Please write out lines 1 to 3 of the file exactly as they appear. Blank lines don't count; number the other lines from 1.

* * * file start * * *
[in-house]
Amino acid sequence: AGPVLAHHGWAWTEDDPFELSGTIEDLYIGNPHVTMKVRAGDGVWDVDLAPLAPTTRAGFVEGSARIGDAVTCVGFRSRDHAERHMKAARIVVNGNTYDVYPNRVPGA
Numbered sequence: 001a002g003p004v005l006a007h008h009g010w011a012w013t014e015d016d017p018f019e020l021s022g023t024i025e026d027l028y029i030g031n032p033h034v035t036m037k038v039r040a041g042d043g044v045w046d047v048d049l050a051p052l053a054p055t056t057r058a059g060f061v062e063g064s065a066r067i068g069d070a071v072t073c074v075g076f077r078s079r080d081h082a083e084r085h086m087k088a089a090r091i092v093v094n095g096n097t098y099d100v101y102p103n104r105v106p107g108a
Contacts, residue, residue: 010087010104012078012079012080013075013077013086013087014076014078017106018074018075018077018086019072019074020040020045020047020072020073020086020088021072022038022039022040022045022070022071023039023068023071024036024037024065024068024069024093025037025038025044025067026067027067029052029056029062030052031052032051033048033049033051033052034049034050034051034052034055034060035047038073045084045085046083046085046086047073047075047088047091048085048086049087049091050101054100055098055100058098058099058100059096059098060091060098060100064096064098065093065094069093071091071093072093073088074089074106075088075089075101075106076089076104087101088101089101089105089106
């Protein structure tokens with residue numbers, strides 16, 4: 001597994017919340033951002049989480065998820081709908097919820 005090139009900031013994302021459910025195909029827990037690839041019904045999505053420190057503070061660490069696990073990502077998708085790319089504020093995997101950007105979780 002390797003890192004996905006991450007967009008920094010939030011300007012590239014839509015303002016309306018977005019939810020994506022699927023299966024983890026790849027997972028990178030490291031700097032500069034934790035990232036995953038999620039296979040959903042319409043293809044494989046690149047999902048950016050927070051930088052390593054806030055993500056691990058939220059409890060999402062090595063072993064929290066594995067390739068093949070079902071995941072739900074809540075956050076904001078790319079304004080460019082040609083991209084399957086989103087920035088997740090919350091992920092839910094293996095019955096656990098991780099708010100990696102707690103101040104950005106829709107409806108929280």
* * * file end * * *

[in-house]
Amino acid sequence: AGPVLAHHGWAWTEDDPFELSGTIEDLYIGNPHVTMKVRAGDGVWDVDLAPLAPTTRAGFVEGSARIGDAVTCVGFRSRDHAERHMKAARIVVNGNTYDVYPNRVPGA
Numbered sequence: 001a002g003p004v005l006a007h008h009g010w011a012w013t014e015d016d017p018f019e020l021s022g023t024i025e026d027l028y029i030g031n032p033h034v035t036m037k038v039r040a041g042d043g044v045w046d047v048d049l050a051p052l053a054p055t056t057r058a059g060f061v062e063g064s065a066r067i068g069d070a071v072t073c074v075g076f077r078s079r080d081h082a083e084r085h086m087k088a089a090r091i092v093v094n095g096n097t098y099d100v101y102p103n104r105v106p107g108a